As I mentioned above, moving slower helps my reaction time slow down. This sounds bad – you don’t want your mind to slow down, do you? – but it’s actually useful. What you’re doing is slowing down your visceral response system, so your rational mind has more space. If you find yourself getting quickly angry or sad or butthurt or whatever, it’s good to be able to suspend that so it doesn’t cloud the rest of the conversation. As your now-better-employed mind learns the right touch, you can reintroduce fast reaction where appropriate, but you can be confident you’re always a step ahead of others because they’re reacting while you’re thinking, and you have a much better idea of what they’re about than the other way around.

One way you can practice a non-plussed demeanor is to rehearse the lines in this post, in which radio host Tom Leykis teases and eggs on a drunken caller.


Filed under beta guide

31 responses to “Alpha Move: Do Everything Slower

  1. Zesty

    Do you think this applies to women too?

  2. Good post, but look up “nonplussed.” it means the opposite of what you think it means.

  3. Chef In Jeans

    This is something I’m starting to learn myself.

    Funny story, the other day at work I was incredibly busy off the bat bright and early at 6 am. Now at 6’3″ and 220lbs I’m not massive, but I’m not small. Normally I stride slowly, kind of a walk softly and carry a big stick kind of gait.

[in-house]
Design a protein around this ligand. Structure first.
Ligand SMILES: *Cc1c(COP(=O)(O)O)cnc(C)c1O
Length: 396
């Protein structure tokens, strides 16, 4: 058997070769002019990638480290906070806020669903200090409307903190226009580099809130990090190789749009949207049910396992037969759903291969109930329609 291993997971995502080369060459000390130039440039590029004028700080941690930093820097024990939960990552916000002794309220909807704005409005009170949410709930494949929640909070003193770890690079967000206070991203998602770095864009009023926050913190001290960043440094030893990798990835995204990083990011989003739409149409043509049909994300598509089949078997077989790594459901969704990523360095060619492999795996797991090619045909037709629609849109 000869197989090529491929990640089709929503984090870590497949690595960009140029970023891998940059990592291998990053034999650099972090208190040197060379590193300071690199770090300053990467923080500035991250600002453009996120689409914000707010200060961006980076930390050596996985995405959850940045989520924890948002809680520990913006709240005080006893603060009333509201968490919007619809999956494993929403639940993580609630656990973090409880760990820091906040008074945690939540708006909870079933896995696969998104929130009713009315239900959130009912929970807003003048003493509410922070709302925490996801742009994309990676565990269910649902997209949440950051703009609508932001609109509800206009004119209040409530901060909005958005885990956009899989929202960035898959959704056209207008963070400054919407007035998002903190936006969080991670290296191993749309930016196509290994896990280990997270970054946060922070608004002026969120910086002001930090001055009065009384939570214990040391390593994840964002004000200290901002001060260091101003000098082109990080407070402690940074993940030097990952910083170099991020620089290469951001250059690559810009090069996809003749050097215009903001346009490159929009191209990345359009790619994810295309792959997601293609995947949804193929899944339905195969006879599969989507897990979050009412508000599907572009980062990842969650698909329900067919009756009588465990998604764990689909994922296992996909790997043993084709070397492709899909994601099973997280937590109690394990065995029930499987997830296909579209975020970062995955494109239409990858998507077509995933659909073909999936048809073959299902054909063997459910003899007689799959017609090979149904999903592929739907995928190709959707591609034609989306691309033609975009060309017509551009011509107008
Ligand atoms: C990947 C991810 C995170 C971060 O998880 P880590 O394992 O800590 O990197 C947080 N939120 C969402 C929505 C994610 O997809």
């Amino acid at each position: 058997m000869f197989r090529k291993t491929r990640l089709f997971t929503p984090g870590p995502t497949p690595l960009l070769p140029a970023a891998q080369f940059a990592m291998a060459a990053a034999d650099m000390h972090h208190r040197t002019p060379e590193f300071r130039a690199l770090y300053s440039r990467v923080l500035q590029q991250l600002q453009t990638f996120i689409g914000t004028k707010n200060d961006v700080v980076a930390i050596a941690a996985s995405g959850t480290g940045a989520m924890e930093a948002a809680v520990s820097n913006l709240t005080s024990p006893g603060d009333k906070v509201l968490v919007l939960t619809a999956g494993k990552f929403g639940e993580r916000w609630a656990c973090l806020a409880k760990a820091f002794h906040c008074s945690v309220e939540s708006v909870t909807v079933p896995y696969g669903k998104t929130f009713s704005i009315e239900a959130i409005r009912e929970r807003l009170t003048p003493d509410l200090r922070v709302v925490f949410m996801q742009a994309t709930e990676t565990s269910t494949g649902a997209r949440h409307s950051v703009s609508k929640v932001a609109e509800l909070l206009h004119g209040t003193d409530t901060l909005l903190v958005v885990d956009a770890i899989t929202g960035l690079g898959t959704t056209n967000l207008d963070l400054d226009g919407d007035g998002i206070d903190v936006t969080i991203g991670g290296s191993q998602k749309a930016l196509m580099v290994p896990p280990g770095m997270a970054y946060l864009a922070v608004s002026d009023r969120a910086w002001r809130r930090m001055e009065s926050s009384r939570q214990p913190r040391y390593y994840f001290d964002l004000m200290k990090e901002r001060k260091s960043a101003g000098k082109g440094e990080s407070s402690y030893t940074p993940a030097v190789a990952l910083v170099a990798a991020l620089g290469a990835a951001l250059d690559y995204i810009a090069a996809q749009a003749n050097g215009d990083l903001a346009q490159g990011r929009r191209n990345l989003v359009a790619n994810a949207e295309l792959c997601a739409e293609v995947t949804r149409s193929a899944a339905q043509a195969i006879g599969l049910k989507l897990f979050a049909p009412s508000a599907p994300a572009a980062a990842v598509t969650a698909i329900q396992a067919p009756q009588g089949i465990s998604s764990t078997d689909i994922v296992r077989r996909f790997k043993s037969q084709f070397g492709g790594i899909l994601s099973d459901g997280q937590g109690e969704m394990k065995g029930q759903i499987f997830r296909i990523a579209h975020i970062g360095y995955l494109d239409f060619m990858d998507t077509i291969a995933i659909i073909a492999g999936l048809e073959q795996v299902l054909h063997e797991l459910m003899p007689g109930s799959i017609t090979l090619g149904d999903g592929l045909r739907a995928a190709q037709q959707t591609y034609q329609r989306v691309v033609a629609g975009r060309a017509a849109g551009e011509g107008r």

This morning, because I was so busy with no help, I was flying around like a bat out of hell. I was putting my long legs to good use, taking heavy quickly powerful strides. I was quiet, kept to myself, and just darted around with a serious look on my face.

    I got pulled aside that day and was told that I was “making people uncomfortable” and I burst out at the manager, whom I didn’t particularly like to begin with, telling him that that was bullshit, that I literally said nothing to no one and was just doing my job.

    “Yeah well, your body language is intimidating”

    Now compare that day to every other day when I walk tall, shoulders squared, back straight, head up high, with a calm cool demeanor, no one has a thing to say.

    I learned a lot that day about how your movements, in relation to your being , can affect others perception of you, and these were people I’ve been working with for almost two years!

    Its actually a bit stressful when you think about it. As big guys society seems to naturally expect more from us. We must be calmer, cooler, and a slew of other things, all judged off that initial reaction people have upon seeing height and physical presence. Its an advantage for sure, but if you fail to live up to the standards it’ll bite you.

  4. Mike C

    Do you think this applies to women too?

    Not really. Women shouldn’t be trying to convey bold, deliberate unless they are lesbians and looking to play the masculine role. Women should be trying to convey other things to the opposite sex.